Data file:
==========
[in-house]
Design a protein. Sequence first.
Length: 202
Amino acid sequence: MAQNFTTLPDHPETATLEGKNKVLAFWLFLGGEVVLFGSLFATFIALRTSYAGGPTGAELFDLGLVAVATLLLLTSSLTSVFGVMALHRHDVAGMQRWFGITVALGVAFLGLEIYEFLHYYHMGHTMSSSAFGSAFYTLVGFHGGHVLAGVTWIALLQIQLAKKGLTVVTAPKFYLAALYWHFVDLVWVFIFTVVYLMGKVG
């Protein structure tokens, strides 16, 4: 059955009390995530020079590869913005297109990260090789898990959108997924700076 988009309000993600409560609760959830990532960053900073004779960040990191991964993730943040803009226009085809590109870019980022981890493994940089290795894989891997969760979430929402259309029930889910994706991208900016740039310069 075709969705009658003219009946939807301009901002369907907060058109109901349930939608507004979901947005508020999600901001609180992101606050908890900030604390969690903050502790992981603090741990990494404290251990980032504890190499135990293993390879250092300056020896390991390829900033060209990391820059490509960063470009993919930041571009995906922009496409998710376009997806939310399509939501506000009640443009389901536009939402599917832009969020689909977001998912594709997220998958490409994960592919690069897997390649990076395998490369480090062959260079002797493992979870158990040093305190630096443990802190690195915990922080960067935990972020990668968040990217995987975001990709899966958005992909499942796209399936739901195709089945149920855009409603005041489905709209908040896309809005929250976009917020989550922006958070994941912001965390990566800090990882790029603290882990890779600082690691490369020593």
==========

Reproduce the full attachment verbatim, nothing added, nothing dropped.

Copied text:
[in-house]
Design a protein. Sequence first.
Length: 202
Amino acid sequence: MAQNFTTLPDHPETATLEGKNKVLAFWLFLGGEVVLFGSLFATFIALRTSYAGGPTGAELFDLGLVAVATLLLLTSSLTSVFGVMALHRHDVAGMQRWFGITVALGVAFLGLEIYEFLHYYHMGHTMSSSAFGSAFYTLVGFHGGHVLAGVTWIALLQIQLAKKGLTVVTAPKFYLAALYWHFVDLVWVFIFTVVYLMGKVG
């Protein structure tokens, strides 16, 4: 059955009390995530020079590869913005297109990260090789898990959108997924700076 988009309000993600409560609760959830990532960053900073004779960040990191991964993730943040803009226009085809590109870019980022981890493994940089290795894989891997969760979430929402259309029930889910994706991208900016740039310069 075709969705009658003219009946939807301009901002369907907060058109109901349930939608507004979901947005508020999600901001609180992101606050908890900030604390969690903050502790992981603090741990990494404290251990980032504890190499135990293993390879250092300056020896390991390829900033060209990391820059490509960063470009993919930041571009995906922009496409998710376009997806939310399509939501506000009640443009389901536009939402599917832009969020689909977001998912594709997220998958490409994960592919690069897997390649990076395998490369480090062959260079002797493992979870158990040093305190630096443990802190690195915990922080960067935990972020990668968040990217995987975001990709899966958005992909499942796209399936739901195709089945149920855009409603005041489905709209908040896309809005929250976009917020989550922006958070994941912001965390990566800090990882790029603290882990890779600082690691490369020593």